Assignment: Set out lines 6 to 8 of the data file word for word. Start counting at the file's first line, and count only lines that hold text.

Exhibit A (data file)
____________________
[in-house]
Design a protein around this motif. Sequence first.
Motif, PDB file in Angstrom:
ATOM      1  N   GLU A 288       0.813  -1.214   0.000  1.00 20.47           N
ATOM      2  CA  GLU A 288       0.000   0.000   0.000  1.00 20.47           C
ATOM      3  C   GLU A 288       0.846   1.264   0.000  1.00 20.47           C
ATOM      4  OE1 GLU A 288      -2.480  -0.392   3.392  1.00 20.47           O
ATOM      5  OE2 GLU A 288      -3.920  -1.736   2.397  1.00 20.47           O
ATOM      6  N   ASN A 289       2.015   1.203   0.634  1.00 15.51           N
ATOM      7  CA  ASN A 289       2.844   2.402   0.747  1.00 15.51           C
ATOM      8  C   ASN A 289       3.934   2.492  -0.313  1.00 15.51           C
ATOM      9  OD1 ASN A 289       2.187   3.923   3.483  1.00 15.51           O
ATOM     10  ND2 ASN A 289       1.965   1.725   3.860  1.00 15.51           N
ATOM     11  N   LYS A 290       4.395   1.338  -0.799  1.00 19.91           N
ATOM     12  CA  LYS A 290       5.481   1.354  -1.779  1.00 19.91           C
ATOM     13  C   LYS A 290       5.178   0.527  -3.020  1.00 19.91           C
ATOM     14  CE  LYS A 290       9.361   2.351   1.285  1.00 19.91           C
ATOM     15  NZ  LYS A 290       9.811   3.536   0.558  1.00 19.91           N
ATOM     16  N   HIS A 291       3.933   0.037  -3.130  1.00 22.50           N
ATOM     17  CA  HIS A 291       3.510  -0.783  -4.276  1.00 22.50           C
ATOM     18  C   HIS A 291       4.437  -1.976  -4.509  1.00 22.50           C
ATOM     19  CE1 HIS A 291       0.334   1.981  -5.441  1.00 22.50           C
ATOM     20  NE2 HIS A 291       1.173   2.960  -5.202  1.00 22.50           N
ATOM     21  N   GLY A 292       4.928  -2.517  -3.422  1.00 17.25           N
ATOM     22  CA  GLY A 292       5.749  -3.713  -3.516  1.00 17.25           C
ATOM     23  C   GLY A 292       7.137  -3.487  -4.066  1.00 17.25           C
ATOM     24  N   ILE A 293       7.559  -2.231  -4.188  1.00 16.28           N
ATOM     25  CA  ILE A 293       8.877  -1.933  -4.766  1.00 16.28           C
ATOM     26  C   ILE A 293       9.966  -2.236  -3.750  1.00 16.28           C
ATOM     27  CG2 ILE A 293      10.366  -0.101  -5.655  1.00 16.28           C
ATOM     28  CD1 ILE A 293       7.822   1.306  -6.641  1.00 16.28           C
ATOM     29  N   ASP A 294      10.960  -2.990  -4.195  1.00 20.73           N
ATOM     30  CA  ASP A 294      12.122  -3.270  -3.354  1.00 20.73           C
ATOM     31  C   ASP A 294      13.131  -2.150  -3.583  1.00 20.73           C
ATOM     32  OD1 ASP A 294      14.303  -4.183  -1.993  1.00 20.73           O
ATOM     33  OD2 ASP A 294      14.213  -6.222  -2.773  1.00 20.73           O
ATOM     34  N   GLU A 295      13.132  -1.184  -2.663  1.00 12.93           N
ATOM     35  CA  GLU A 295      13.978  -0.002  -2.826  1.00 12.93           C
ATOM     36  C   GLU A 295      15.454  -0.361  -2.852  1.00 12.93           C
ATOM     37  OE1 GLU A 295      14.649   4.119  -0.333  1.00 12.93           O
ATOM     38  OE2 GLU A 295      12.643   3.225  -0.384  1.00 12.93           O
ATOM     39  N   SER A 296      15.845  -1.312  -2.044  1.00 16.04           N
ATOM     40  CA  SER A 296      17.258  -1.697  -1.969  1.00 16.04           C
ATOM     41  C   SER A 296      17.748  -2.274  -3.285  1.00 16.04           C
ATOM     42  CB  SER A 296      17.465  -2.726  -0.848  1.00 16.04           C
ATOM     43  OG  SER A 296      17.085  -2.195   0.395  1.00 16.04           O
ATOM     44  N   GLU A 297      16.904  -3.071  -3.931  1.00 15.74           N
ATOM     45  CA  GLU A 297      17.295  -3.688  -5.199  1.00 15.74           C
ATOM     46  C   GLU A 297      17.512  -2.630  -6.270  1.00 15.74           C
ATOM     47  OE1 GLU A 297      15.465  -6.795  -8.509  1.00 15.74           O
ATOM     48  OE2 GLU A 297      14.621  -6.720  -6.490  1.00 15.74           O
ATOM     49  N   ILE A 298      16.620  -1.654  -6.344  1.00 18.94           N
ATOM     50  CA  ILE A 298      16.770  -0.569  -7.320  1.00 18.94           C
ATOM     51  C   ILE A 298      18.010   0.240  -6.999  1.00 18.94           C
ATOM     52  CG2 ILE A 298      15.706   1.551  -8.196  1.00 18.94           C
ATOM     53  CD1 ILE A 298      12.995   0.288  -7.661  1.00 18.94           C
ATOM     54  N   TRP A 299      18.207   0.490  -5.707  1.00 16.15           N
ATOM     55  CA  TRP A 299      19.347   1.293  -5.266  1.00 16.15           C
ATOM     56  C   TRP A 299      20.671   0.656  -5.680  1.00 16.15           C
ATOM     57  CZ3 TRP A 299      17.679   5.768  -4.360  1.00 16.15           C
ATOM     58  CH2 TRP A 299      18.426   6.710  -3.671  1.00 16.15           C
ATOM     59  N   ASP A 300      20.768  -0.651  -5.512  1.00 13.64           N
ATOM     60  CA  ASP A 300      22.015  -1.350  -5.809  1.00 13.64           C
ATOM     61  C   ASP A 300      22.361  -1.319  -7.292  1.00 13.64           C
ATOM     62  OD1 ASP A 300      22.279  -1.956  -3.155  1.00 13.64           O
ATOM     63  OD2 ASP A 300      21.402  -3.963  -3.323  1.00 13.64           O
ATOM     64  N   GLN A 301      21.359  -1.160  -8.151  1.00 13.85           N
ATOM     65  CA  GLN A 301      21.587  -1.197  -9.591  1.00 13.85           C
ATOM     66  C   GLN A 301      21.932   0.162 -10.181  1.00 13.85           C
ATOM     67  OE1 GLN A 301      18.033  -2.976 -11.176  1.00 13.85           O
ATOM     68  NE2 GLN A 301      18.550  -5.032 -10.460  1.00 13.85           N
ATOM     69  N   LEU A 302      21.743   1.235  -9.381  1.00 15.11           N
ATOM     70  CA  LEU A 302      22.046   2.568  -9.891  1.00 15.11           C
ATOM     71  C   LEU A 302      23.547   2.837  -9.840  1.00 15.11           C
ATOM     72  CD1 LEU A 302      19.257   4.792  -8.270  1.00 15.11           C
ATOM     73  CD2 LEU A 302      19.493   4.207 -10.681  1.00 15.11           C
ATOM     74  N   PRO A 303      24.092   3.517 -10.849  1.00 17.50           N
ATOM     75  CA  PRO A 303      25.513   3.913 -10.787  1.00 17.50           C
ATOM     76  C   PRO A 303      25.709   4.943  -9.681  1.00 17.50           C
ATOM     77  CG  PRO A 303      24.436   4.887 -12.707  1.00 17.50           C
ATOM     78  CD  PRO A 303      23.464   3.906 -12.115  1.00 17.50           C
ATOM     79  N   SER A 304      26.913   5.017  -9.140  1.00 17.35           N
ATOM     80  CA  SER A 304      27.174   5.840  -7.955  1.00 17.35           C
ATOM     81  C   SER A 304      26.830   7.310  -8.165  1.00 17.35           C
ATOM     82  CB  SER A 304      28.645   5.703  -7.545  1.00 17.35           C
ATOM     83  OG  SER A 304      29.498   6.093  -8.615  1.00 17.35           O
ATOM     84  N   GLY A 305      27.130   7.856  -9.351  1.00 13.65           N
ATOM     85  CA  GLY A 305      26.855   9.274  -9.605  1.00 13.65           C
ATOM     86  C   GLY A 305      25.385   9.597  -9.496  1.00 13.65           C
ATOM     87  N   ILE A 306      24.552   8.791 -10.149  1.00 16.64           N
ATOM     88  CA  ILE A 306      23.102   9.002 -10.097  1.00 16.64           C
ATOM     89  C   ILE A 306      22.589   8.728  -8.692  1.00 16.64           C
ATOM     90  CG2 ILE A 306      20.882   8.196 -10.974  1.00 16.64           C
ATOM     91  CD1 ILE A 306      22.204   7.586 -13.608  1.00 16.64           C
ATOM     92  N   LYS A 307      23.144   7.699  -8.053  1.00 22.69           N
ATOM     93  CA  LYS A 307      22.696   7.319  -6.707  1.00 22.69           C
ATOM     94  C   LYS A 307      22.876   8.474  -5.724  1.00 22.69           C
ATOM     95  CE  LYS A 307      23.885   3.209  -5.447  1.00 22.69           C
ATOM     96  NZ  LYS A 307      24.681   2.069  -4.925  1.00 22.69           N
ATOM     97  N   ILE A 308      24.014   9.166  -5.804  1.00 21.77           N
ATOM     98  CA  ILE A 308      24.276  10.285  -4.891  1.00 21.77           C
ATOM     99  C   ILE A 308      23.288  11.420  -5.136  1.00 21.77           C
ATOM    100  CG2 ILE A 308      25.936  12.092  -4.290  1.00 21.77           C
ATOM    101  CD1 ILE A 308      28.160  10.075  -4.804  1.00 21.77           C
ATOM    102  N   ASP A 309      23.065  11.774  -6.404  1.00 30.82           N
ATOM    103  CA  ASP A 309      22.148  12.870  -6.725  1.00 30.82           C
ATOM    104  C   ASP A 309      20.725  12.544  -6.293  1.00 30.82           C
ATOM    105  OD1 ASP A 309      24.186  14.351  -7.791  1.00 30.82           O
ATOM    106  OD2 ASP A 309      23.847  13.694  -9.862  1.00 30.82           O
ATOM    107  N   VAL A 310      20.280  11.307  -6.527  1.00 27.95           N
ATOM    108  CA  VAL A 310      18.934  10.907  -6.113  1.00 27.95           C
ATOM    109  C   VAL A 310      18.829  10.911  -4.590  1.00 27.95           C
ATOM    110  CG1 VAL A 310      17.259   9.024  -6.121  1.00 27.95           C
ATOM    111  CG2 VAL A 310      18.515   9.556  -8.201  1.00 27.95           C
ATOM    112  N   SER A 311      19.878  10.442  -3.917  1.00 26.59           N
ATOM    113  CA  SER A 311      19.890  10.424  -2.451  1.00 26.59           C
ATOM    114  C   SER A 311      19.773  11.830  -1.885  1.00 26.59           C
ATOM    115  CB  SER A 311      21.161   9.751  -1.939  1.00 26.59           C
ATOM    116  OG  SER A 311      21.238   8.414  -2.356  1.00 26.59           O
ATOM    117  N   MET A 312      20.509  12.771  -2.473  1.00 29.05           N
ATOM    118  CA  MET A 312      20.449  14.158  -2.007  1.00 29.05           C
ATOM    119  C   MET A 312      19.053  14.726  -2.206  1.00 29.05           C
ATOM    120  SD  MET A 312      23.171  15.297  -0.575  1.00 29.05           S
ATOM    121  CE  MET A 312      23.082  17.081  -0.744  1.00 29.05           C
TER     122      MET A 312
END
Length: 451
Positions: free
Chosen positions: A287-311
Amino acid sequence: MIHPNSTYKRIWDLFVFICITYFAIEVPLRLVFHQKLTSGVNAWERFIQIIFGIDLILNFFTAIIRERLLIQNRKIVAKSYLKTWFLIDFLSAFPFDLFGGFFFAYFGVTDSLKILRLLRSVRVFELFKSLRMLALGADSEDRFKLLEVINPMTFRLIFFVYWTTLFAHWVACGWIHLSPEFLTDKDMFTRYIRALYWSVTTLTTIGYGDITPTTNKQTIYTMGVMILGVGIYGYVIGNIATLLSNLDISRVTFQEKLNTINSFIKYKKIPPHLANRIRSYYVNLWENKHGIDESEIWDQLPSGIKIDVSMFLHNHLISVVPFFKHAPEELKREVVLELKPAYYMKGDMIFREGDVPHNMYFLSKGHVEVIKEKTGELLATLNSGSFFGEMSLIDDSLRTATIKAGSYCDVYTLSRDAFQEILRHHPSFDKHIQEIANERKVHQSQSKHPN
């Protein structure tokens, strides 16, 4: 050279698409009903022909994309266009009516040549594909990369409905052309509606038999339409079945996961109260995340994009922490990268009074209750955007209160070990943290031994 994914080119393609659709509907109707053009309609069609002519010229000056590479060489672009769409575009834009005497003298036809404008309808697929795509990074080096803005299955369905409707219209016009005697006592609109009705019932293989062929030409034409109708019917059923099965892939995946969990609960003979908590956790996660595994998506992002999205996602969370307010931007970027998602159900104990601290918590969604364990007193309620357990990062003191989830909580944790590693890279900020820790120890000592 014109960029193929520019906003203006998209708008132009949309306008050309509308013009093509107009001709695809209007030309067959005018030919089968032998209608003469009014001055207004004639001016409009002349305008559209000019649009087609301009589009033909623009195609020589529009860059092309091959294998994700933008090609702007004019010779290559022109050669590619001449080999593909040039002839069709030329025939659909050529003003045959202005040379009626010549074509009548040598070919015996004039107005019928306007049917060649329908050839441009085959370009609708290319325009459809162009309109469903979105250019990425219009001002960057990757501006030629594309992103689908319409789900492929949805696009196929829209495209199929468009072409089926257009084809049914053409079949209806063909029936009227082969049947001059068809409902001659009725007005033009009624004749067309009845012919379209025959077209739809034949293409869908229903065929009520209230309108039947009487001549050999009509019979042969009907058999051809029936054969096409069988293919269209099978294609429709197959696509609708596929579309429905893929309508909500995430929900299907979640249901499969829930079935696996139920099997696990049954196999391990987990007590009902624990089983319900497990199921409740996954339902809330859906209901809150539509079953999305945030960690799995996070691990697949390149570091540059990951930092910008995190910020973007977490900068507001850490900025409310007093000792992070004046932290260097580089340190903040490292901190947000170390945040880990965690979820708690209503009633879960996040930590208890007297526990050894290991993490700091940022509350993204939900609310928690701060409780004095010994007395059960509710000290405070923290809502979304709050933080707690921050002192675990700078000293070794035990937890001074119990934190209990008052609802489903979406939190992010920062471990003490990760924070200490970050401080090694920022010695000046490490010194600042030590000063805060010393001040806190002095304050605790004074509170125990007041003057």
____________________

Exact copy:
ATOM      3  C   GLU A 288       0.846   1.264   0.000  1.00 20.47           C
ATOM      4  OE1 GLU A 288      -2.480  -0.392   3.392  1.00 20.47           O
ATOM      5  OE2 GLU A 288      -3.920  -1.736   2.397  1.00 20.47           O